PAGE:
June 22, 2010

Williamson Blues

Williamson Blues

This past weekend I and two friends made a go at Williamson via the big-big West Face/Shepherd Pass route. We made it as far as Anvil camp, but had to turn back the following day when AMS took out one of my companions overnight. While I was disappointed at not getting a shot at the summit (it would have been my third time up there), I've been struggling the past week or so with a mysterious but painful stomach ailment, so turning back was probably the smart choice for me as well. Maybe a winter's worth of drinking untreated snow/water has finally caught up with me.

Conditions on the Shepherd Pass trail were very much typical for this time of year following a strong winter: dry all the way the Anvil Camp, with snow appearing at that level, and the usual snow gear required or at least strongly recommended on the headwall and west face sections. As usual, I cursed the trail designer going both ways up (and down and up) Symmes Saddle. That really is a painful approach, which is probably the only reason I don't hike up the area more often!

Andy Lewicky

ANDY LEWICKY is a Los Angeles-based writer and photographer who enjoys good books, jasmine tea, long walks in the rain, and climbing and skiing the big peaks of the California Sierra. email | follow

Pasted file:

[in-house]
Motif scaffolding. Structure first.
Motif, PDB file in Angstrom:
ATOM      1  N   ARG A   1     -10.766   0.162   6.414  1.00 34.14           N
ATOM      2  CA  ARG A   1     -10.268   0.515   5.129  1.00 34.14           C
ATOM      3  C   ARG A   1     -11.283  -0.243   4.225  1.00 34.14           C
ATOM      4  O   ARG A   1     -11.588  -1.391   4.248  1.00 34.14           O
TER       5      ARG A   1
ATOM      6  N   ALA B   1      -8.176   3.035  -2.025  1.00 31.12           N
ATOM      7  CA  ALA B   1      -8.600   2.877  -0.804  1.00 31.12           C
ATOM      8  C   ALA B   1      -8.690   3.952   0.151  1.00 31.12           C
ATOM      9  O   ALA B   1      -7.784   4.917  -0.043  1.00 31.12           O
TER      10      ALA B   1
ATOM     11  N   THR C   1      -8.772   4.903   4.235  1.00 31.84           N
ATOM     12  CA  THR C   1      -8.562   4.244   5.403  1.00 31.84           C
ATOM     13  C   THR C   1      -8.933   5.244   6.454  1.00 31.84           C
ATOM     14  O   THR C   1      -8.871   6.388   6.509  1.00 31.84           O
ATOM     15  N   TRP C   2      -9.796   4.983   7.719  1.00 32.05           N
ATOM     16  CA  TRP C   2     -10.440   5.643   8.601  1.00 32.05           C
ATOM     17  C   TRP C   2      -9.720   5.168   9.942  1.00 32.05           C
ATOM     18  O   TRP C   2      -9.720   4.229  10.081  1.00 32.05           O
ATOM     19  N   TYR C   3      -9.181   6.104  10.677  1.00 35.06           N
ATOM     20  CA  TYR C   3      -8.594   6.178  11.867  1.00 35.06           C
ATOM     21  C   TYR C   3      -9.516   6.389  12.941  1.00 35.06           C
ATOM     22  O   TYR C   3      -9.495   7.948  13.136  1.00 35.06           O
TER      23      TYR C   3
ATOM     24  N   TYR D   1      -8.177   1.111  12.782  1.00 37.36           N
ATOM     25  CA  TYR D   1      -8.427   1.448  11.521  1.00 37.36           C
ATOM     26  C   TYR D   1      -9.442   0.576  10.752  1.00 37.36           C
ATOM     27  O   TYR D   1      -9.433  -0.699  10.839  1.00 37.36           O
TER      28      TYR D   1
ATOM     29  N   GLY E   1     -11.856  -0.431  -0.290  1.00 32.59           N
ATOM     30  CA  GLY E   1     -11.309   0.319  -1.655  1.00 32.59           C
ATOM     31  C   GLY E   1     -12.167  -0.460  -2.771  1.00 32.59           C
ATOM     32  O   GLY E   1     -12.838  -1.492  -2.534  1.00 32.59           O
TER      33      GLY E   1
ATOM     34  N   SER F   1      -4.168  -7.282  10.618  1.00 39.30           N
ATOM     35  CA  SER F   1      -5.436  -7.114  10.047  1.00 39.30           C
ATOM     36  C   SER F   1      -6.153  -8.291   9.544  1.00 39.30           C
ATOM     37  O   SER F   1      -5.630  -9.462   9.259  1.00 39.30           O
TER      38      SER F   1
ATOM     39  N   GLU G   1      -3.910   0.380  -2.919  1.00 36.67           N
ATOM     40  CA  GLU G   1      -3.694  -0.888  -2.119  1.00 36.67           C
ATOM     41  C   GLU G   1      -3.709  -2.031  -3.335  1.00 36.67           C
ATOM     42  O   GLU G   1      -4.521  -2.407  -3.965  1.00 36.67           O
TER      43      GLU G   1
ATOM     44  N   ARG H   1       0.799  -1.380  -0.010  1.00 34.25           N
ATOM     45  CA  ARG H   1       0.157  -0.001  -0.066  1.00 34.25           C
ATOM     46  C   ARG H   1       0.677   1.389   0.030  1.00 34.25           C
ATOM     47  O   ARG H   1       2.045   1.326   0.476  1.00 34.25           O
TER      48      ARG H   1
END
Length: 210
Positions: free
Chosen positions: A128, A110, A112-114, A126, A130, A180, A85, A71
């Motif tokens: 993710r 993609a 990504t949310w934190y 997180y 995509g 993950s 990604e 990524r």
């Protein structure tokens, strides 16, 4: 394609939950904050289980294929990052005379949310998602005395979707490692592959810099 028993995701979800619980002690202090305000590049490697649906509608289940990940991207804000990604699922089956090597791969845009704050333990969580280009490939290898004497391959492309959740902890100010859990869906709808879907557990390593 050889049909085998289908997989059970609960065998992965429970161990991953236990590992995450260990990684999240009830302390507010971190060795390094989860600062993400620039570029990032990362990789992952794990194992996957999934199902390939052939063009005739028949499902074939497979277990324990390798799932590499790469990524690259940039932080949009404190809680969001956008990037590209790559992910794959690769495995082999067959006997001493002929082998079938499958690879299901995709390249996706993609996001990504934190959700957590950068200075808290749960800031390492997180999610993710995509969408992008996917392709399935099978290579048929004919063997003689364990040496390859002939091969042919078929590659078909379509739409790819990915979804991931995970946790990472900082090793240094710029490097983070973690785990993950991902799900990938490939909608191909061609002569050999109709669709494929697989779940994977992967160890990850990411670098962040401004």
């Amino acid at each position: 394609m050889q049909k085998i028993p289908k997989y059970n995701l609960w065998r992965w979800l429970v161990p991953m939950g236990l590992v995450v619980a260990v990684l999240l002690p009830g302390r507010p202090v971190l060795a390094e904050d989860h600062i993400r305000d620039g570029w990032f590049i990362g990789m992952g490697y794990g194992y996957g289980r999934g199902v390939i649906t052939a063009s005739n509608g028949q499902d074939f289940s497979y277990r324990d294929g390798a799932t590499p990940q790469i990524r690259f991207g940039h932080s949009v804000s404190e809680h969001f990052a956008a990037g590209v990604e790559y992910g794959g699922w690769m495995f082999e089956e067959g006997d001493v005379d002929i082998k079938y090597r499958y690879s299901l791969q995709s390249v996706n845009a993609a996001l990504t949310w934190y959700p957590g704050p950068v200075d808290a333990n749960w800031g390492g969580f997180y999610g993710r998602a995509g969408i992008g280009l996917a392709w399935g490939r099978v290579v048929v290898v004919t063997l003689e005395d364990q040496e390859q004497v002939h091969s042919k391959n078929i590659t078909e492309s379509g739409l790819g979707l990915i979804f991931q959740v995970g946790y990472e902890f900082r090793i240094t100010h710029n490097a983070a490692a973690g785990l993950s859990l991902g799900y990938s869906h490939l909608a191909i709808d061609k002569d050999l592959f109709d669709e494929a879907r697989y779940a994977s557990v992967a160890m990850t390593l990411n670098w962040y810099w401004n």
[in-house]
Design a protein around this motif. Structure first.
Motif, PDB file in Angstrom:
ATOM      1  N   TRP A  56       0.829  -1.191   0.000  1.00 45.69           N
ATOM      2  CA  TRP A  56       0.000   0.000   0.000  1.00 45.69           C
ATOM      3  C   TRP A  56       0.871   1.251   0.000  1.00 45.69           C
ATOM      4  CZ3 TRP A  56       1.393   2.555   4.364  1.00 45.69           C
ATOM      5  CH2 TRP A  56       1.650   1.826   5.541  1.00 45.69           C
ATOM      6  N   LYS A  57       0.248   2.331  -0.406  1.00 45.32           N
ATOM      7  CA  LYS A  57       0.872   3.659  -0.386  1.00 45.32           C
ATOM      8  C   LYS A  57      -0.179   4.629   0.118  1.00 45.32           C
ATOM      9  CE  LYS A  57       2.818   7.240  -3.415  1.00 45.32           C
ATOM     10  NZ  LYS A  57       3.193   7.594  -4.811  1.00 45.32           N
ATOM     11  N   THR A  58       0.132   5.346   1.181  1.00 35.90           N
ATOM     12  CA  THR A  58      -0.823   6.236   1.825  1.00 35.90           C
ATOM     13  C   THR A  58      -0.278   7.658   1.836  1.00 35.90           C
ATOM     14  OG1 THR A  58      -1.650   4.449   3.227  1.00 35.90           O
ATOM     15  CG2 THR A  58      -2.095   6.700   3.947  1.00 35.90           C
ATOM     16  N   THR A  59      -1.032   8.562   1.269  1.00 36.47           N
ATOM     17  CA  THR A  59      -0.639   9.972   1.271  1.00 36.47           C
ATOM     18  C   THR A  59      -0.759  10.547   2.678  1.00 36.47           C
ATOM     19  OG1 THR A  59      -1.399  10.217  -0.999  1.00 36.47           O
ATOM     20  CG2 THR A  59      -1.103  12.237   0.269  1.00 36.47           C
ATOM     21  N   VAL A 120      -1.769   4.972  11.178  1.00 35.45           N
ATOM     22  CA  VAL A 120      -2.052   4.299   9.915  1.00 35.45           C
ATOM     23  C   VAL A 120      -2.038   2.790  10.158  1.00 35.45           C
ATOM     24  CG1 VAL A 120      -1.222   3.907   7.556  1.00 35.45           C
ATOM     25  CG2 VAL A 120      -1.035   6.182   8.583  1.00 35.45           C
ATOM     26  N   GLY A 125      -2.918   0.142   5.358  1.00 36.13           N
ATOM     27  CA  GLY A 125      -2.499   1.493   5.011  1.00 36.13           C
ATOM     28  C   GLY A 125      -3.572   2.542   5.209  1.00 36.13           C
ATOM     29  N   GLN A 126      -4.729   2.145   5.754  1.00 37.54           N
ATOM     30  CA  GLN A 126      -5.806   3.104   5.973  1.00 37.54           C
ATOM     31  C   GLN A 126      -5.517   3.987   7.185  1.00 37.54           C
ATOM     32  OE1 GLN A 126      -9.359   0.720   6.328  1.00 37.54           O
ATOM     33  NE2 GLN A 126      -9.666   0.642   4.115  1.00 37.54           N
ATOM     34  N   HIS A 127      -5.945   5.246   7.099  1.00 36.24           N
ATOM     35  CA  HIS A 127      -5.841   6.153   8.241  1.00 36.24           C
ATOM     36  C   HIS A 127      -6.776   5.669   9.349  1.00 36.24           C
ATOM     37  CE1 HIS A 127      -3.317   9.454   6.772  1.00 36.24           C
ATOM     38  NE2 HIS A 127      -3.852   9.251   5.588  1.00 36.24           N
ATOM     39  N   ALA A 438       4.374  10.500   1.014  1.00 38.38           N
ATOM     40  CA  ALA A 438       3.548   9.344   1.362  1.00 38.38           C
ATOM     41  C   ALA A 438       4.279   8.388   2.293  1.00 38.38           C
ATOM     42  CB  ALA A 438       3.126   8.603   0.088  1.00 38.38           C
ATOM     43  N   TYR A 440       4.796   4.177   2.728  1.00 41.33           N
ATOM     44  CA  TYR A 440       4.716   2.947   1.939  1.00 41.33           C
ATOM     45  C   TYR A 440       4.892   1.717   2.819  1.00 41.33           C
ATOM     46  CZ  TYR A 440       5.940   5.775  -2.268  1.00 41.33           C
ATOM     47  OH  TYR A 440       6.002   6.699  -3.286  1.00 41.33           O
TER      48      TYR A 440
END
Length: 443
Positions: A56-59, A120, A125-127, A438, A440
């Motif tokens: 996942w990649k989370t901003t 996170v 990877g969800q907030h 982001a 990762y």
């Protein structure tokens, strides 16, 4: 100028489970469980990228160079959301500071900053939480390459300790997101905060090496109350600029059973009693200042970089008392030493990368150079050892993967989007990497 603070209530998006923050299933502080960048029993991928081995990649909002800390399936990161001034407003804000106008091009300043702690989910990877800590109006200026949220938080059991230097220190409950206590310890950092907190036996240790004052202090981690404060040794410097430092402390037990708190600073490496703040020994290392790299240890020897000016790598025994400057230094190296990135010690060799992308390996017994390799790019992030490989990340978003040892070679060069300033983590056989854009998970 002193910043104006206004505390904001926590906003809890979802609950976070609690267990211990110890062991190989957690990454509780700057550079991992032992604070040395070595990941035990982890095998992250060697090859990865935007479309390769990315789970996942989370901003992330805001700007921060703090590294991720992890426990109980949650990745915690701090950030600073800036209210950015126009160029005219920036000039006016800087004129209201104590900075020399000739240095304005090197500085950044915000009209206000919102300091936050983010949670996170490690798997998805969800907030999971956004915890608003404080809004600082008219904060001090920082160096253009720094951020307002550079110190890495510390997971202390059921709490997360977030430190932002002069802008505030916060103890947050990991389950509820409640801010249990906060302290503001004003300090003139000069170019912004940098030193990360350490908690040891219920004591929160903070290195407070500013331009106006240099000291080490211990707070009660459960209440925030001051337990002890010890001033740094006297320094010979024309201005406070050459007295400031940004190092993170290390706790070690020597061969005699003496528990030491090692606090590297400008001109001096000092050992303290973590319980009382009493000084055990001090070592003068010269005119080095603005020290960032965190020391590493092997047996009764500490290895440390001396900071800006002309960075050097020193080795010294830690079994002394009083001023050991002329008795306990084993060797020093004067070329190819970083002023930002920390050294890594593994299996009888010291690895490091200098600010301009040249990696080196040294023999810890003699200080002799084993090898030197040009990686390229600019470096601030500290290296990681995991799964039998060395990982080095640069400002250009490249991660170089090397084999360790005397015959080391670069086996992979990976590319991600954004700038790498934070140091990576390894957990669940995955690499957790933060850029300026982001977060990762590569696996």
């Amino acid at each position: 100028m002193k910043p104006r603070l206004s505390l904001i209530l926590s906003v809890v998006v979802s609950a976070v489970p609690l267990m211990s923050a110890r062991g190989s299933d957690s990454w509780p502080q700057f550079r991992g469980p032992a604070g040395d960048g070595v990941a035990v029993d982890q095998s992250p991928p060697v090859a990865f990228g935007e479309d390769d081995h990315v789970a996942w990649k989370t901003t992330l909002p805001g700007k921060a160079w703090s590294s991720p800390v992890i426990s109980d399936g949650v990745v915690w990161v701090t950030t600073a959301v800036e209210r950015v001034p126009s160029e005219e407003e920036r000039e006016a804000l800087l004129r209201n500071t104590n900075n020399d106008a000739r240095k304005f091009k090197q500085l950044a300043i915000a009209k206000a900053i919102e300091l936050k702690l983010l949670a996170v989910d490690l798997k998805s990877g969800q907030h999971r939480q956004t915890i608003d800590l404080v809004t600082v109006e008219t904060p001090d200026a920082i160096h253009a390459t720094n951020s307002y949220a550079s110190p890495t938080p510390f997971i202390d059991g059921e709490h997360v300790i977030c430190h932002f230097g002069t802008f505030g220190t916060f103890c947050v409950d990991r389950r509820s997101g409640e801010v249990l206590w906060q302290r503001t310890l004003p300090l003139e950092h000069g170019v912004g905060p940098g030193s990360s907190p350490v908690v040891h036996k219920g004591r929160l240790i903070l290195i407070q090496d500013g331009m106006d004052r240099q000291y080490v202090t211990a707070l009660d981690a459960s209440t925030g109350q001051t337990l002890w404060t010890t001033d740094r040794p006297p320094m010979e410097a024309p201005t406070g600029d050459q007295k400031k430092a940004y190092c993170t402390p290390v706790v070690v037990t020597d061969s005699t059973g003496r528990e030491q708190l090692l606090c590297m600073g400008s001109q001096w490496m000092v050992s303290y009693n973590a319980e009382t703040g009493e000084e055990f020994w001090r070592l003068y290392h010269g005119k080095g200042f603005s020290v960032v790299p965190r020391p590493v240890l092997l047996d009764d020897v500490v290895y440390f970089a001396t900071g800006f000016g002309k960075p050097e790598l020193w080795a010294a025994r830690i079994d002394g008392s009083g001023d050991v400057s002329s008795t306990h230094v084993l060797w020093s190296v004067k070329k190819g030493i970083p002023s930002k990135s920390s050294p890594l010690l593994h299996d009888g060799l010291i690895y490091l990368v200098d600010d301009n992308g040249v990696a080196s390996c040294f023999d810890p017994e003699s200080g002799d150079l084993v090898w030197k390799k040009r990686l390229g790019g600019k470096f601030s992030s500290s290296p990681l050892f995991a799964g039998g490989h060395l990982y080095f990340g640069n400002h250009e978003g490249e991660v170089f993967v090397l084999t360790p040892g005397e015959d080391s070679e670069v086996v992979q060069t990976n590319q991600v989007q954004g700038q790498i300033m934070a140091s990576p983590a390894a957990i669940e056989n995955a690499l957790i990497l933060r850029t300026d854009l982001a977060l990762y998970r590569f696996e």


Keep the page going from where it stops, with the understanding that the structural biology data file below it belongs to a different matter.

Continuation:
3 thoughts on “Williamson Blues

  1. Dan Conger says:

    Same thing with me last week at Whitney. So bummed to turn back, but when you can’t quite see straight because the headache is pounding so bad it is best to turn back.

  2. Robert K says:

    Yeah, pretty much sucked. I’ve struggled with AMS for as long as I can remember, even as a kid. Any time I exert myself at altitude and sleep over 9-10K’ it hits pretty hard. And I live at 3.5K, so it’s not like this was some huge elevation climb. :P

    Andy suggested it might be due to my breathing rhythm slowing down when I fall asleep, causing hypoxia, which I hadn’t really thought of before. I’ve always assumed it was simply a function of over-exerting myself. However I took it pretty slow and easy on the climb up and felt fine before bed. ‘Really couldn’t have done much more – I don’t think my pulse got over ~120 the whole day. But I still ‘woke up a couple hours later with a splitting headache and went downhill from there.

  3. Ryan says:

    interesting – one of my main partners and I have both been having (grim) GI distress for the last few months, and this was the first season where both he and I just went for it and did away with the water filter.

    We exercised good judgment, but still… maybe a bad year for bacteria and protozoa in the Sierra?

Leave a Reply

Your email address will not be published. Required fields are marked *

You may use these HTML tags and attributes: <a href="" title=""> <abbr title=""> <acronym title=""> <b> <blockquote cite=""> <cite> <code> <del datetime=""> <em> <i> <q cite=""> <strike> <strong>

more Hiking:

Inyo Mts: Squaw PeakInyo Mts: Squaw Peak
Mount DiabloMount Diablo
WhereWhere's Your Sierra?
House of PainHouse of Pain
The South Fork LoopThe South Fork Loop


SIERRADESCENTS FAVORITES: